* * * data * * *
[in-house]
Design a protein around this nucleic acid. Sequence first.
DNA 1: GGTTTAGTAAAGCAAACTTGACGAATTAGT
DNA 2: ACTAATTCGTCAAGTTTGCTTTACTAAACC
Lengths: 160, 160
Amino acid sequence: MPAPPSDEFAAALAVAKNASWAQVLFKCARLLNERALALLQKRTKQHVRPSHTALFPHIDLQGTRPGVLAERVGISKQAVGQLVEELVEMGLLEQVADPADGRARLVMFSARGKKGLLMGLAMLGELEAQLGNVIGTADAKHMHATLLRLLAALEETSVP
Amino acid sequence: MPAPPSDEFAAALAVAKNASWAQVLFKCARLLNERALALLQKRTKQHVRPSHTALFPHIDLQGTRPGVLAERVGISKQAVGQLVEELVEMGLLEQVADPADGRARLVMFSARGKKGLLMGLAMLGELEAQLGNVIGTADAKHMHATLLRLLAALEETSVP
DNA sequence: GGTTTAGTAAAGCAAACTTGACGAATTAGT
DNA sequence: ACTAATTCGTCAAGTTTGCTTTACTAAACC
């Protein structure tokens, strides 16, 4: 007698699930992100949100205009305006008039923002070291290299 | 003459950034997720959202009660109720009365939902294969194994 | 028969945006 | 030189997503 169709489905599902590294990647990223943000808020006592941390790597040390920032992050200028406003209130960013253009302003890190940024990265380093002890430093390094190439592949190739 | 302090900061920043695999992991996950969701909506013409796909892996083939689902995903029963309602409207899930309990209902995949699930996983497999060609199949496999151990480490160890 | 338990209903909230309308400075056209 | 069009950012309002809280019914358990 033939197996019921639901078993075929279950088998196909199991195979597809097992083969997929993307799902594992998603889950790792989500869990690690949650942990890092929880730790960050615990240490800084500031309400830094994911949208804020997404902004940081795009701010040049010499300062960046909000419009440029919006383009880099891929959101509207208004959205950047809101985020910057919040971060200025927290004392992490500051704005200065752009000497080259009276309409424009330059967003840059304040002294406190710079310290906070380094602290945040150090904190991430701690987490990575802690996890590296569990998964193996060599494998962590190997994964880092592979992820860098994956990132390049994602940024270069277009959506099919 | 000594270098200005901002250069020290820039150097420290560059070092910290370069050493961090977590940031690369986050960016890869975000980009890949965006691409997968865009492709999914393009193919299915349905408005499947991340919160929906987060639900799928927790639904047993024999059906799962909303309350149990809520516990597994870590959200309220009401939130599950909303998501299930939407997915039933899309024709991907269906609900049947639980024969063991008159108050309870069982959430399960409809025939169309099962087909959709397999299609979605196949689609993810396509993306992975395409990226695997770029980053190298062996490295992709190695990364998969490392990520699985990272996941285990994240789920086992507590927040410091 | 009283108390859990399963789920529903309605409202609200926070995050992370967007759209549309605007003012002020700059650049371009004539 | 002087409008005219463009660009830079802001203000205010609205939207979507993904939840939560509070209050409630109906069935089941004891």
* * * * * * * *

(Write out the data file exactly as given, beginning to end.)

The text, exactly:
[in-house]
Design a protein around this nucleic acid. Sequence first.
DNA 1: GGTTTAGTAAAGCAAACTTGACGAATTAGT
DNA 2: ACTAATTCGTCAAGTTTGCTTTACTAAACC
Lengths: 160, 160
Amino acid sequence: MPAPPSDEFAAALAVAKNASWAQVLFKCARLLNERALALLQKRTKQHVRPSHTALFPHIDLQGTRPGVLAERVGISKQAVGQLVEELVEMGLLEQVADPADGRARLVMFSARGKKGLLMGLAMLGELEAQLGNVIGTADAKHMHATLLRLLAALEETSVP
Amino acid sequence: MPAPPSDEFAAALAVAKNASWAQVLFKCARLLNERALALLQKRTKQHVRPSHTALFPHIDLQGTRPGVLAERVGISKQAVGQLVEELVEMGLLEQVADPADGRARLVMFSARGKKGLLMGLAMLGELEAQLGNVIGTADAKHMHATLLRLLAALEETSVP
DNA sequence: GGTTTAGTAAAGCAAACTTGACGAATTAGT
DNA sequence: ACTAATTCGTCAAGTTTGCTTTACTAAACC
């Protein structure tokens, strides 16, 4: 007698699930992100949100205009305006008039923002070291290299 | 003459950034997720959202009660109720009365939902294969194994 | 028969945006 | 030189997503 169709489905599902590294990647990223943000808020006592941390790597040390920032992050200028406003209130960013253009302003890190940024990265380093002890430093390094190439592949190739 | 302090900061920043695999992991996950969701909506013409796909892996083939689902995903029963309602409207899930309990209902995949699930996983497999060609199949496999151990480490160890 | 338990209903909230309308400075056209 | 069009950012309002809280019914358990 033939197996019921639901078993075929279950088998196909199991195979597809097992083969997929993307799902594992998603889950790792989500869990690690949650942990890092929880730790960050615990240490800084500031309400830094994911949208804020997404902004940081795009701010040049010499300062960046909000419009440029919006383009880099891929959101509207208004959205950047809101985020910057919040971060200025927290004392992490500051704005200065752009000497080259009276309409424009330059967003840059304040002294406190710079310290906070380094602290945040150090904190991430701690987490990575802690996890590296569990998964193996060599494998962590190997994964880092592979992820860098994956990132390049994602940024270069277009959506099919 | 000594270098200005901002250069020290820039150097420290560059070092910290370069050493961090977590940031690369986050960016890869975000980009890949965006691409997968865009492709999914393009193919299915349905408005499947991340919160929906987060639900799928927790639904047993024999059906799962909303309350149990809520516990597994870590959200309220009401939130599950909303998501299930939407997915039933899309024709991907269906609900049947639980024969063991008159108050309870069982959430399960409809025939169309099962087909959709397999299609979605196949689609993810396509993306992975395409990226695997770029980053190298062996490295992709190695990364998969490392990520699985990272996941285990994240789920086992507590927040410091 | 009283108390859990399963789920529903309605409202609200926070995050992370967007759209549309605007003012002020700059650049371009004539 | 002087409008005219463009660009830079802001203000205010609205939207979507993904939840939560509070209050409630109906069935089941004891």